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Tire Recycling and Tire Dumping Problems | TreadWright Tires

Posted by Derrest Williams on

Due to contributions from illegal and legal tire disposal processes tires have become a top pollutant in the United States finding their way into our neighborhoods, lakes, streams and private properties.   Most US tires that enter the general waste stream legally end up as a heavily polluting fuel, as ground rubber for turf and mulch in civil engineering uses.  Some of these tires still go to landfills and virtually all privately disposed tires end up in the environment creating tire piles.  These tire piles are notoriously dangerous and a risk to public health bringing an increased risk of fire, rats, feral hog and disease-carrying mosquitoes.  

In addition to the possible negative health implications, the tire dumpings also sequester the efforts of realizing economic development opportunities. Scrap tires carry the highest financial burden to clean up and they just keep coming.  In 2014 alone, Dallas, TX approved spending more than $3 million to remove thousands of dumped tires from Lake Ray Hubbard. Texas currently leads the nation in the number of illegal scrap tire piles dumped across the state.  The Texas Commission on Environmental Quality has identified around 16 million scrap tires in illegal dump sites that they know of and estimated that Texas generates 36 million waste tires annually.


How to Reduce Tire Dumping & Waste

  1. Buy Retreads, preferably remolded retreads. If you move over to the city of Houston Scrap Tires page or almost any city government page about scrap tires and they will point out that purchasing Retreads is a real solution to reducing our tire dumping epidemic.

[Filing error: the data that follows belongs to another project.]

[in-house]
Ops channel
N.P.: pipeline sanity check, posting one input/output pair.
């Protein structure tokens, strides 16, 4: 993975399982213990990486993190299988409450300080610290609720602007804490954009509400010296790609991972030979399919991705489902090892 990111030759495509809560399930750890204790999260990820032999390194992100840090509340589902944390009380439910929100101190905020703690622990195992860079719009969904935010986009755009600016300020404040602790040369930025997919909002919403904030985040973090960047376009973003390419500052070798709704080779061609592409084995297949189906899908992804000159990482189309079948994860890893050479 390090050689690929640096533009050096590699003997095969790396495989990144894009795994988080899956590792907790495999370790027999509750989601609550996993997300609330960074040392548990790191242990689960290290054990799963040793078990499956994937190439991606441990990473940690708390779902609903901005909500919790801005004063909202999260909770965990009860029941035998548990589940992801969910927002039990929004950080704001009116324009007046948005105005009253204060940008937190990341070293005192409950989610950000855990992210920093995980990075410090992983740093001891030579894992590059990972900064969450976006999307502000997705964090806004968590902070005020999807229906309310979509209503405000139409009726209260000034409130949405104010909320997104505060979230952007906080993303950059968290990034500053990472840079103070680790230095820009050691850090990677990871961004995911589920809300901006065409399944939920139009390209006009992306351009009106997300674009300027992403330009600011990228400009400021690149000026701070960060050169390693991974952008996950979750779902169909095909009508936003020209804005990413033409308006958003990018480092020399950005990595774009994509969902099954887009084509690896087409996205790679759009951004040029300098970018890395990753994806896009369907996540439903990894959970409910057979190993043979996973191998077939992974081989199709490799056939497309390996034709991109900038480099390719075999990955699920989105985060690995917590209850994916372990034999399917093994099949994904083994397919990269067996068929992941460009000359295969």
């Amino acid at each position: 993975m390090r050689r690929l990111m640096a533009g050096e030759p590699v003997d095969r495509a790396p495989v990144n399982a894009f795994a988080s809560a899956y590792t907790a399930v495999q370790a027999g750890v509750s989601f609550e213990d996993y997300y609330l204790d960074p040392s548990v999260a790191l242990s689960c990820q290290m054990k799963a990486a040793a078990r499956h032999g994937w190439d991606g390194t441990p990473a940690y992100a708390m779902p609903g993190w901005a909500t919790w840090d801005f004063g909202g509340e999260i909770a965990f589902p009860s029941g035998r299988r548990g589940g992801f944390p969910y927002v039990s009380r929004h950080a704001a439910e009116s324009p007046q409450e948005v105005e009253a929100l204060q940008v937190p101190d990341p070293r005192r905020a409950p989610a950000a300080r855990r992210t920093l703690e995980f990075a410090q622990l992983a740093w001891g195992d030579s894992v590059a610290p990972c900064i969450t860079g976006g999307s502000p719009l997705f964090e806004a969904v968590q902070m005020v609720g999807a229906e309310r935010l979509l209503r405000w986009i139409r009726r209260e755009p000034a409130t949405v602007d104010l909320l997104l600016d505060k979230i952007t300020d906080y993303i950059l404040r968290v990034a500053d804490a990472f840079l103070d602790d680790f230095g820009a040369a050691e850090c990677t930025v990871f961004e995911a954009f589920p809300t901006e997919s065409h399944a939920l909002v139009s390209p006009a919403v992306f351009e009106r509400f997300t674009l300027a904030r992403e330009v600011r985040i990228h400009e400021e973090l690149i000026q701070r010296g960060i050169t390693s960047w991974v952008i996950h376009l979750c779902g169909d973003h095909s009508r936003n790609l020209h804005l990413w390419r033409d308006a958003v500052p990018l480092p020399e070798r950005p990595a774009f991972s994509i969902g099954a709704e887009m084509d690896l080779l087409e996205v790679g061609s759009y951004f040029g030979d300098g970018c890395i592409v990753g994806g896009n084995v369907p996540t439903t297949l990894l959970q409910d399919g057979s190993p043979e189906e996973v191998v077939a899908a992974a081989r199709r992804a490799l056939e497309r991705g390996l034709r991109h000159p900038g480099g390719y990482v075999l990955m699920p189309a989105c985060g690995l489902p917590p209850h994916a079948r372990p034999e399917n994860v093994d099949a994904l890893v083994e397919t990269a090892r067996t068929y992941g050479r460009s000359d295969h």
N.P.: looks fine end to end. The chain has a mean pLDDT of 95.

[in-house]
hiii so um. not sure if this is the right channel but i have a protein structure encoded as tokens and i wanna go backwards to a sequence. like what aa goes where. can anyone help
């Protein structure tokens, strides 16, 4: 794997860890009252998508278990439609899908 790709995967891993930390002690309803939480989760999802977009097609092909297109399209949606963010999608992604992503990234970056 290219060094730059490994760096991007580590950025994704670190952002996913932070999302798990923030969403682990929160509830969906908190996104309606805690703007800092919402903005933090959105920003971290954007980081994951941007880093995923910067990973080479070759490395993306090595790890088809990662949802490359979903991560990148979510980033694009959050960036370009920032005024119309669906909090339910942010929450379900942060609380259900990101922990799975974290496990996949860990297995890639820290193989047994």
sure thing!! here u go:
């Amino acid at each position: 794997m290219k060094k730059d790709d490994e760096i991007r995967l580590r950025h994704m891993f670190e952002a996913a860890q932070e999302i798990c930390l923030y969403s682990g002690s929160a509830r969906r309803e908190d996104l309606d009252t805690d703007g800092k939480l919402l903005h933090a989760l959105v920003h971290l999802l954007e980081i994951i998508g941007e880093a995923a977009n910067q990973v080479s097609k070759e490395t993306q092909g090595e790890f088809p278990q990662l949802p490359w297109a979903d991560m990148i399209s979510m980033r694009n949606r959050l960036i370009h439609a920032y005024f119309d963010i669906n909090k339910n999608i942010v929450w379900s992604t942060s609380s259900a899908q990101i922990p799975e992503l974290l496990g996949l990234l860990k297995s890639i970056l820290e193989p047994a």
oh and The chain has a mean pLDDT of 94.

2. Personally, drop your old tires off at a recycling center.  You can find a full list of them here. 
  3. Properly Air your tires to get better mileage out of them.
  4. If you have a lot of premium casings you have stored you can see if they pass our inspection for purchase here.

TreadWright is the Environmental Game Changer

TreadWright offers a possible solution to legal and illegal tire disposal.  TreadWright uses a mold cure process that spares the noxious fuel burning seen legal tire disposal process in TDF and saves a vast amount of rubber and other materials wasted by reusing premium casings.  A remolded tire saves 75% of the rubber used in a new tire by following a similar process of a brand new tire of applying new rubber to a pre-fabricated casing.  The tire casing contains 75% of the tire’s rubber and all of the steel, Kevlar and other technology that gives a tire its strength. The tread rubber is essentially the replaceable eraser on the pencil.  While Treadwright will only remold a tire once, the casing essentially has an infinite life unless punctured or otherwise injured on the road.  Thus the tire lives on without being burnt for fuel or dumped in the environment. 75% less rubber also equates to an enormous amount of oil saved given a lot of petroleum products used in rubber manufacturing. 

The commercial world has enjoyed the cost advantages and environmental benefits of remolding for decades, but this remolding’s first entry into a true consumer product.  For years, manufacturers and start-up companies efforts to “green” the tire recycling process has been the butt of jokes and the source of many notable failures. However, consumer tires are the vast bulk of tires used in America and Treadwright has the ability to finally change the calculus in tire recycling. The tire industry has not seen meaningful innovation since the introduction of steel belting in the 1960’s and has evolved in a largely commodity industry.  Treadwright’s environmentally friendly, American made alternative is the first truly new consumer offering in decades.

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